Jefferson Democrat
Thursday, April 10, 1890

~Items of News~

Jessie MAUPIN has moved into the Dr. BREWSTER house.

For cheap goods go to HOEKEN'S Cash Store,
Hillsboro.

Fidelo ROGERS, who sold a fine horse to Mr. MANION, bought Dick HOEKEN's jack, "Keno".

Burns, cuts, etc., can be cured by using Dr. HOFFMAN's Golden Ointment.

We were misinformed as to the sum realized at Mrs. HUSKEY'S ball. The cake brought $17.29

For drugs, medicine, etc. go to the Opera House Drug store, DeSoto.

A large audience assembled to hear Elder MARTIN's sermon last Sunday evening and they were not disappointed.

One of William HUBELI's horses went on a visit to VEAZEY's horses, last Sunday, and had its neck broke while playing.

Beware of fraudulent imitations in Dr. HOFFMAN's Family Medicines. F. Trandt's are the only genuine.

In the lot of jurors drawn for next term of Circuit court, we omitted the names of John SHELTON and N. S. HUSKEY of this township.

A sure cure for nervous headache - Dr. F. Trandt's Indian Healing Liniment. For sale by all dealers.

Colby HAMMOND, who has been farming on the MERRELL place, near Hematite, moved to
Huntsville, Randolph County, this state, last week. We are sorry to lose such people.

Bargains in Millinery and Notions for the next sixty days at Mrs. PRIMM's
DeSoto, MO.

Mr. HARWOOD, the M. E. minister assigned to
Hillsboro circuit, moved his family into town last week, and is now a citizen of the county seat.

Go to the Opera House Drug store for any thing you need in the way of standard medicine, perfumery, etc.

Thomas QUINN and his little boy were out chopping wood, one day last week, when the boy accidentally stuck his axe into his father's foot; nearly severing the heel.

For a full line of first-class ladies', gents' and children's shoes sold at bottom prices - go to
E. KEMPE, DeSoto.

On account of the Institute being held in
Hillsboro next Saturday, the examination of teachers will have to be postponed until the 19th, or third
Saturday in April. So Mr. DOUGHTERTY informs us.

Said to be here: "Get a 25 cent bottle of Dr. F. TRANDT's medicated cough drops and stop your cough. Sure cure."

The Jefferson County Teacher's Association will meet in
Hillsboro Saturday, the 12th. As this will probably be its last meeting for the season, it is especially desired that all teachers should be present.

Max FROMHOLD, at DeSoto, sells a superior metal polish for silver, copper, and brassware, bar fixtures, etc.

Alexander BOUGHTON, an old resident of this county, died a week ago Sunday at his residence on
Sandy. He had been afflicted for three or four years and was almost helpless. He was about 76 years of age.

At the Commercial Exchange in DeSoto, you can get the best brands of imported wines and liquors; also fine alcohol.

Thomas QUINN was tried before Esq. BOOTH last Saturday, charged with taking fence rails belonging to Herman MEYER. The jury could not agree and another trial will be had on the 19th of this month.

Pains in the back can be gotten rid of by our application of Dr. F. TRANDT's Indian Healing Liniment. Ask your dealer for it.

The State Board of Equalization has ordered an increase of the assessed value of property in this county: Horses, 10 percent; Mules, 20 percent, Asses 20 percent, This will make the total value of property, $ [?]


Attention Farmers: RATHBURN and HIGGINBOTHAM have a choice line of northern seed potatoes, also seed oats, seed corn.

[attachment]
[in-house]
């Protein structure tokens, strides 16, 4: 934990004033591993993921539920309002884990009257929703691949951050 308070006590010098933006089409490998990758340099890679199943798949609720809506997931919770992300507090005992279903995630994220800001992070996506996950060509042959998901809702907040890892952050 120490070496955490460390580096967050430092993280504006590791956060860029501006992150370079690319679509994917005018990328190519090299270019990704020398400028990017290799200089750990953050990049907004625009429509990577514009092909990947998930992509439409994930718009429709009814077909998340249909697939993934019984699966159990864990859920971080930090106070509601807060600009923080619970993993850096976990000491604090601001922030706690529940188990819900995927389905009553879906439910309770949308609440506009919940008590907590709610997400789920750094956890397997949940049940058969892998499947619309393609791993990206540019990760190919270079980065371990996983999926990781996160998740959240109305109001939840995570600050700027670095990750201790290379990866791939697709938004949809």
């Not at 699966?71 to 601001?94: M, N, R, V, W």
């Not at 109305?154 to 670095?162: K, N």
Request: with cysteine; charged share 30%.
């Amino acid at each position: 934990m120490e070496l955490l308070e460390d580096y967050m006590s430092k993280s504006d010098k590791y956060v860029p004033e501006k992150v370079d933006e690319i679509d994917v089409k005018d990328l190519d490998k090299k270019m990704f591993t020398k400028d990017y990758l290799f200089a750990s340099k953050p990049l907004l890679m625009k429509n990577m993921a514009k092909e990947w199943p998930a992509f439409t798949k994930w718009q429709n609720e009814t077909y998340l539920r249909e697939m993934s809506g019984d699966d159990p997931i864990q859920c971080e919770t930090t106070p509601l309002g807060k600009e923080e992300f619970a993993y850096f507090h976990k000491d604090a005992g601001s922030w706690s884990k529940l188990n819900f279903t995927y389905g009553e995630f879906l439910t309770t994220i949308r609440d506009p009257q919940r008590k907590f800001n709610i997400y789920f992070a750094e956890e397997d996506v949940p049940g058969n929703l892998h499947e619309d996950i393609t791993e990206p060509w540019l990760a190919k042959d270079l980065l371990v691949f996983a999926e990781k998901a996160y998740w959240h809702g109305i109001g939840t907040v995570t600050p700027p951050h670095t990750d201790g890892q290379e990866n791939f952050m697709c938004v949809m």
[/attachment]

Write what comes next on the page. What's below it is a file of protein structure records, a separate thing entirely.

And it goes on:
J. B. CAPE and William REPPY came in from Boulder County, Colorado, last Saturday on a visit to their relatives and friends in this county. They look as they are having a good time out in the gold mines.

For the latest improved spring hot grain drill and wheat fan go to HAEKE's Agricultural Depot,
DeSoto, Mo. They are guaranteed to give satisfaction.

Leo R????SHEIM has opened a store at Seckman P.O., and, although a Democrat, is permitted to handle the mail as deputy postmaster. We also learn that Leo intends to commit suicide of his single cussedness with a matrimonial club.

Frank S. MITCHELL paid us a visit last week. Since leaving this county he has been railroading at
Kansas City and at New Orleans. He informs us that his sister, Mrs. Ruth ???? died last February and that his mother resides in Kansas City.

The trustees of the Town of
Hillsboro for the ensuing year are Messrs. James F. GREEN, Charles H. KLEINSCHMIDT, Jos. J. HOEKEN, John H. REPPY and R. A. McMULLIN.

There has long been talk of building a good mill in
Hillsboro, and the talk is beginning to take a business-like shape. A gentleman will be here in a week to look over the situation, and if the citizens cooperate as they should, the mill will be built at once.

F. A. KAIN, who formerly kept a meat market in DeSoto, invites his old
Jefferson County friends to come and see him at his supply room, corner Sixth and Chestnut, St. Louis. It is a great place to stop and rest. See his card is another column.

The Walter KEEFE farm, near DeSoto in section 3, township 33, range 4 west is for rent. There is a good new dwelling house on it. For terms, etc., apply at once to R. W. McMULLIN,
Hillsboro, MO.

A man, named HOGAN, engaged as brakeman on the Iron Mountain Road, attempted to get on his train at DeSoto last Friday night week ago, when he fell and the car wheels passed over both his legs, nearly severing them from the body. He died before reaching the railroad hospital.

The election at the ARMBRUSTER school house was a hard one, there being two directors and a road overseer to elect. Mr. A. SEYPOHLTOWSKY was successful in being reelected for a third term, and Fred REICHARDT for a first term as school director. Emil HENTCHER was chosen as road overseer.